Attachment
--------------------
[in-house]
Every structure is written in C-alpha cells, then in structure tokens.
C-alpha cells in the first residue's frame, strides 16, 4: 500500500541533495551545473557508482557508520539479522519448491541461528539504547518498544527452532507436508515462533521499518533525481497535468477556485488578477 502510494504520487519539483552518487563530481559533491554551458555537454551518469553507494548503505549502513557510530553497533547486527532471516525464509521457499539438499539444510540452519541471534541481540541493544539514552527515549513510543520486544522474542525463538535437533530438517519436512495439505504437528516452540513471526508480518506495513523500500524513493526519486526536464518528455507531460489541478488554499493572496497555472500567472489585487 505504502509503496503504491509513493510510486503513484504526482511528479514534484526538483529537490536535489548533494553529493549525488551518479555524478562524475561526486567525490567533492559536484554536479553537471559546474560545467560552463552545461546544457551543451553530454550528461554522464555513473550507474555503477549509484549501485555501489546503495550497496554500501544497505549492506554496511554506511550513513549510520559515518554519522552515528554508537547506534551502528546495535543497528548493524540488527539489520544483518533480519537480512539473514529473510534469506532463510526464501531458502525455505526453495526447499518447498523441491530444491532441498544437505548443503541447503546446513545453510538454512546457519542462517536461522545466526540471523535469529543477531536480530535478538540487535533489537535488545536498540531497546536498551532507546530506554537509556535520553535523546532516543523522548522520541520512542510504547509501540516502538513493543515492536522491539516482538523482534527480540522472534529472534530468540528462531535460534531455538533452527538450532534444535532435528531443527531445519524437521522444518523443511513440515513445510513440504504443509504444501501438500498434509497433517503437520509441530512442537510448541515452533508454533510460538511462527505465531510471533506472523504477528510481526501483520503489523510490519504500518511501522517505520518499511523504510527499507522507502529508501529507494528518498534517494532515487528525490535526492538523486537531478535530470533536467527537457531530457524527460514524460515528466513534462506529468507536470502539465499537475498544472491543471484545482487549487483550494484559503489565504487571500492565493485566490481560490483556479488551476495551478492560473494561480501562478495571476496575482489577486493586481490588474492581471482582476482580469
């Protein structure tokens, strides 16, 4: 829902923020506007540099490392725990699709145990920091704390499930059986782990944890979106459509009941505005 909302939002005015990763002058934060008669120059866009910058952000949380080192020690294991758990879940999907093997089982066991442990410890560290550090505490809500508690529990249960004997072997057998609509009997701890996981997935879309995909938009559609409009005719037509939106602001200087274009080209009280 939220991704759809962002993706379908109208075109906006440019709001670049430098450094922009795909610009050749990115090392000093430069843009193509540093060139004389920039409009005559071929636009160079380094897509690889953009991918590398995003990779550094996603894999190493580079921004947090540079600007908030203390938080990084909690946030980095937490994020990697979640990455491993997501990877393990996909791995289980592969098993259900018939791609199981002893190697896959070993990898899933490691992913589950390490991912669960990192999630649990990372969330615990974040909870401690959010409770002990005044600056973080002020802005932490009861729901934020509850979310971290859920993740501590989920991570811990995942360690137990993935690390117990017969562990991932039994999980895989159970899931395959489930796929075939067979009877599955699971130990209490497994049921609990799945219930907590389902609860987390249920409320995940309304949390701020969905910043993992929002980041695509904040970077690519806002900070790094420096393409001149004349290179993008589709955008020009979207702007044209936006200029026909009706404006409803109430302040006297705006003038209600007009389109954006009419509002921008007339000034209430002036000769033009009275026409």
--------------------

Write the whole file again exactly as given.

[in-house]
Every structure is written in C-alpha cells, then in structure tokens.
C-alpha cells in the first residue's frame, strides 16, 4: 500500500541533495551545473557508482557508520539479522519448491541461528539504547518498544527452532507436508515462533521499518533525481497535468477556485488578477 502510494504520487519539483552518487563530481559533491554551458555537454551518469553507494548503505549502513557510530553497533547486527532471516525464509521457499539438499539444510540452519541471534541481540541493544539514552527515549513510543520486544522474542525463538535437533530438517519436512495439505504437528516452540513471526508480518506495513523500500524513493526519486526536464518528455507531460489541478488554499493572496497555472500567472489585487 505504502509503496503504491509513493510510486503513484504526482511528479514534484526538483529537490536535489548533494553529493549525488551518479555524478562524475561526486567525490567533492559536484554536479553537471559546474560545467560552463552545461546544457551543451553530454550528461554522464555513473550507474555503477549509484549501485555501489546503495550497496554500501544497505549492506554496511554506511550513513549510520559515518554519522552515528554508537547506534551502528546495535543497528548493524540488527539489520544483518533480519537480512539473514529473510534469506532463510526464501531458502525455505526453495526447499518447498523441491530444491532441498544437505548443503541447503546446513545453510538454512546457519542462517536461522545466526540471523535469529543477531536480530535478538540487535533489537535488545536498540531497546536498551532507546530506554537509556535520553535523546532516543523522548522520541520512542510504547509501540516502538513493543515492536522491539516482538523482534527480540522472534529472534530468540528462531535460534531455538533452527538450532534444535532435528531443527531445519524437521522444518523443511513440515513445510513440504504443509504444501501438500498434509497433517503437520509441530512442537510448541515452533508454533510460538511462527505465531510471533506472523504477528510481526501483520503489523510490519504500518511501522517505520518499511523504510527499507522507502529508501529507494528518498534517494532515487528525490535526492538523486537531478535530470533536467527537457531530457524527460514524460515528466513534462506529468507536470502539465499537475498544472491543471484545482487549487483550494484559503489565504487571500492565493485566490481560490483556479488551476495551478492560473494561480501562478495571476496575482489577486493586481490588474492581471482582476482580469
């Protein structure tokens, strides 16, 4: 829902923020506007540099490392725990699709145990920091704390499930059986782990944890979106459509009941505005 909302939002005015990763002058934060008669120059866009910058952000949380080192020690294991758990879940999907093997089982066991442990410890560290550090505490809500508690529990249960004997072997057998609509009997701890996981997935879309995909938009559609409009005719037509939106602001200087274009080209009280 939220991704759809962002993706379908109208075109906006440019709001670049430098450094922009795909610009050749990115090392000093430069843009193509540093060139004389920039409009005559071929636009160079380094897509690889953009991918590398995003990779550094996603894999190493580079921004947090540079600007908030203390938080990084909690946030980095937490994020990697979640990455491993997501990877393990996909791995289980592969098993259900018939791609199981002893190697896959070993990898899933490691992913589950390490991912669960990192999630649990990372969330615990974040909870401690959010409770002990005044600056973080002020802005932490009861729901934020509850979310971290859920993740501590989920991570811990995942360690137990993935690390117990017969562990991932039994999980895989159970899931395959489930796929075939067979009877599955699971130990209490497994049921609990799945219930907590389902609860987390249920409320995940309304949390701020969905910043993992929002980041695509904040970077690519806002900070790094420096393409001149004349290179993008589709955008020009979207702007044209936006200029026909009706404006409803109430302040006297705006003038209600007009389109954006009419509002921008007339000034209430002036000769033009009275026409």